Beginning in the .NET Framework 4.6, changes to System.Globalization.CultureInfo.CurrentCulture or System.Globalization.CultureInfo.CurrentUICulture made within a System.Windows.Threading.Dispatcher will be lost at the end of that dispatcher operation. Similarly, changes to System.Globalization.CultureInfo.CurrentCulture or System.Globalization.CultureInfo.CurrentUICulture made outside of a Dispatcher operation may not be reflected when that operation executes.Practically speaking, this means that System.Globalization.CultureInfo.CurrentCulture and System.Globalization.CultureInfo.CurrentUICulture changes may not flow between WPF UI callbacks and other code in a WPF application.This is due to a change in System.Threading.ExecutionContext that causes System.Globalization.CultureInfo.CurrentCulture and System.Globalization.CultureInfo.CurrentUICulture to be stored in the execution context beginning with apps targeting the .NET Framework 4.6. WPF dispatcher operations store the execution context used to begin the operation and restore the previous context when the operation is completed. Because System.Globalization.CultureInfo.CurrentCulture and System.Globalization.CultureInfo.CurrentUICulture are now part of that context, changes to them within a dispatcher operation are not persisted outside of the operation.

    Suggestion

    Apps affected by this change may work around it by storing the desired System.Globalization.CultureInfo.CurrentCulture or System.Globalization.CultureInfo.CurrentUICulture in a field and checking in all Dispatcher operation bodies (including UI event callback handlers) that the correct System.Globalization.CultureInfo.CurrentCulture and System.Globalization.CultureInfo.CurrentUICulture are set. Alternatively, because the ExecutionContext change underlying this WPF change only affects apps targeting the .NET Framework 4.6 or newer, this break can be avoided by targeting the .NET Framework 4.5.2.Apps that target .NET Framework 4.6 or later can also work around this by setting the following compatibility switch:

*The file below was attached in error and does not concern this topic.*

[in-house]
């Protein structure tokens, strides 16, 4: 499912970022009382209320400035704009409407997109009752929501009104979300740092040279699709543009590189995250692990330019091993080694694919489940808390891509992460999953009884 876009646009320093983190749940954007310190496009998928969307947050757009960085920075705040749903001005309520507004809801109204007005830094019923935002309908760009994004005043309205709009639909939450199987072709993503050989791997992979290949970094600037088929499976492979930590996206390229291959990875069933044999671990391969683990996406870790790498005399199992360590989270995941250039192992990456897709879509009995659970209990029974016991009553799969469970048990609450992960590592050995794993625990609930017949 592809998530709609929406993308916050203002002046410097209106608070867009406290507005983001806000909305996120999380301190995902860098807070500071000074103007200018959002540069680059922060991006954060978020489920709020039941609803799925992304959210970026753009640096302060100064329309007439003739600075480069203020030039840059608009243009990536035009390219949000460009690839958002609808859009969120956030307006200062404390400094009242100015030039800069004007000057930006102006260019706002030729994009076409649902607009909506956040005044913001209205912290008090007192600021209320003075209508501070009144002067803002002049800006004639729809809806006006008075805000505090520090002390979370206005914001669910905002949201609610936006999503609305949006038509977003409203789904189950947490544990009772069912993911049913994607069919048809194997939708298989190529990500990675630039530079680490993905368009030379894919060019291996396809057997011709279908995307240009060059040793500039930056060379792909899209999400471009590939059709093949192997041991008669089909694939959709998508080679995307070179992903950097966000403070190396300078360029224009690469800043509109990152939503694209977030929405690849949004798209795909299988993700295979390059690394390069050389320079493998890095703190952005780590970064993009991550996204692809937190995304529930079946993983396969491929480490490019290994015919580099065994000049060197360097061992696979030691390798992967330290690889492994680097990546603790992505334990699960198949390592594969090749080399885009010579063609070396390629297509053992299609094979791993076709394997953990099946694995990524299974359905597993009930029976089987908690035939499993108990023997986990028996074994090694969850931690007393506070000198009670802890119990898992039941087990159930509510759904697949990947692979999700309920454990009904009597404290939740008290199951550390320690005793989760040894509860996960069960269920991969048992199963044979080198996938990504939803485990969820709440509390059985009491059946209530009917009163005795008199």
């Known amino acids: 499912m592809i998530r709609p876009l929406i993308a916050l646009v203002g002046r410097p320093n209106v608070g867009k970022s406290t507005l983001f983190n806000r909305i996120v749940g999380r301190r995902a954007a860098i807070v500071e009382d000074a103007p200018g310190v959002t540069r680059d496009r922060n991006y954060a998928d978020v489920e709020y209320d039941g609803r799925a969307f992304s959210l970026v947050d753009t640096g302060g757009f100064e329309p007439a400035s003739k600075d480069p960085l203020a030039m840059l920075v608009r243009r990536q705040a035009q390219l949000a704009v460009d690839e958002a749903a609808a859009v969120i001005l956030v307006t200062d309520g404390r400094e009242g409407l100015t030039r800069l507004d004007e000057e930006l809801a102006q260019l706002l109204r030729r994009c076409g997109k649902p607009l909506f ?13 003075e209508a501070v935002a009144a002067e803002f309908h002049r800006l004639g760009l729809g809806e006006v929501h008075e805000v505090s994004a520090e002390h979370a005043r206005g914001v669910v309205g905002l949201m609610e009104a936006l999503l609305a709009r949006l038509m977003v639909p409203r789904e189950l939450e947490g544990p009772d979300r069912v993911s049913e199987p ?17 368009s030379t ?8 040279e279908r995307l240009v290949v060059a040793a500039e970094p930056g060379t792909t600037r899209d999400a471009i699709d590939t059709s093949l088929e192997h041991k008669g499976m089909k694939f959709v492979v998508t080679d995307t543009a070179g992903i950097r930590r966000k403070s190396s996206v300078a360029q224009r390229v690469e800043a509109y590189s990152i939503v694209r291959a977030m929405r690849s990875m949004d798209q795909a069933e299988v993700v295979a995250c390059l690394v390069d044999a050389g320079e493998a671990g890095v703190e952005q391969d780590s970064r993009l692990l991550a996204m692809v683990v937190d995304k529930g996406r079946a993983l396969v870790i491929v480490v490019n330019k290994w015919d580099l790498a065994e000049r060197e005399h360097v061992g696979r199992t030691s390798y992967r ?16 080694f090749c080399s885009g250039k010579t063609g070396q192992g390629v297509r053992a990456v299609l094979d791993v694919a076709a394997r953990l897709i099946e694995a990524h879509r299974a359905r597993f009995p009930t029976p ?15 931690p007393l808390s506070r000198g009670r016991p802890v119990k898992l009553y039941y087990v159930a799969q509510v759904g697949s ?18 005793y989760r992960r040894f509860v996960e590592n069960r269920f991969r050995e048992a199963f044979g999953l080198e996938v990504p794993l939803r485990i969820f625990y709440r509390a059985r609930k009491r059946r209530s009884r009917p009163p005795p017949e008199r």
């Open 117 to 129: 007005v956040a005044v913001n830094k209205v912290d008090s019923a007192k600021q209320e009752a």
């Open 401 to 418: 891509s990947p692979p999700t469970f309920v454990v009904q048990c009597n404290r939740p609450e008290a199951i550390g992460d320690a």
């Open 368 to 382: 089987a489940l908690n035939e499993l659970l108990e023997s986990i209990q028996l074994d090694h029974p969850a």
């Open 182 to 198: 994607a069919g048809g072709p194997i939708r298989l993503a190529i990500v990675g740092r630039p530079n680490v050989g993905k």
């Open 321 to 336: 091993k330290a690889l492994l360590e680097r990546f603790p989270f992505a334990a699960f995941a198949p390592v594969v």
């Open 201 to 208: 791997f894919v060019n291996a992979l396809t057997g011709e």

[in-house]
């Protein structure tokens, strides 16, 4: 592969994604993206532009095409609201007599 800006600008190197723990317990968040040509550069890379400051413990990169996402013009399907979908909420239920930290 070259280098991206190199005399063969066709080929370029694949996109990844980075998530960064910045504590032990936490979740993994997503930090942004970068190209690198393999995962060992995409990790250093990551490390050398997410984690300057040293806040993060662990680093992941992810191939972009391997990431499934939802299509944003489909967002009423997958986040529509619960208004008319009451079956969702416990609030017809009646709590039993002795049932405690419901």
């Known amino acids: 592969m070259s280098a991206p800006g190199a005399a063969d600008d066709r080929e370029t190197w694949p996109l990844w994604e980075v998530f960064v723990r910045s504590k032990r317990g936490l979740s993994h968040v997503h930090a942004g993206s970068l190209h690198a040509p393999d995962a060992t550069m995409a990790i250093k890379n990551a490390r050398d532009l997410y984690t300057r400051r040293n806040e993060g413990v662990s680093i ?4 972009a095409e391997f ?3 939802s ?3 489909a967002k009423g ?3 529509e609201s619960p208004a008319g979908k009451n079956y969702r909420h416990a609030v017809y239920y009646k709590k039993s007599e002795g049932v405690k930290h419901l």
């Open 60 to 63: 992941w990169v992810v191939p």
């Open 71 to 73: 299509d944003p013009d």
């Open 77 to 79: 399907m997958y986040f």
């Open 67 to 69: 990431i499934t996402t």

AppContext.SetSwitch("Switch.System.Globalization.NoAsyncCurrentCulture", true);
    

    This issue has been fixed by WPF in .NET Framework 4.6.2. It has also been fixed in .NET Frameworks 4.6, 4.6.1 through KB 3139549. Applications targeting .NET Framework 4.6 or later will automatically get the right behavior in WPF applications - System.Globalization.CultureInfo.CurrentCulture/System.Globalization.CultureInfo.CurrentUICulture) would be preserved across Dispatcher operations.

    Name Value
    Scope Minor
    Version 4.6
    Type Retargeting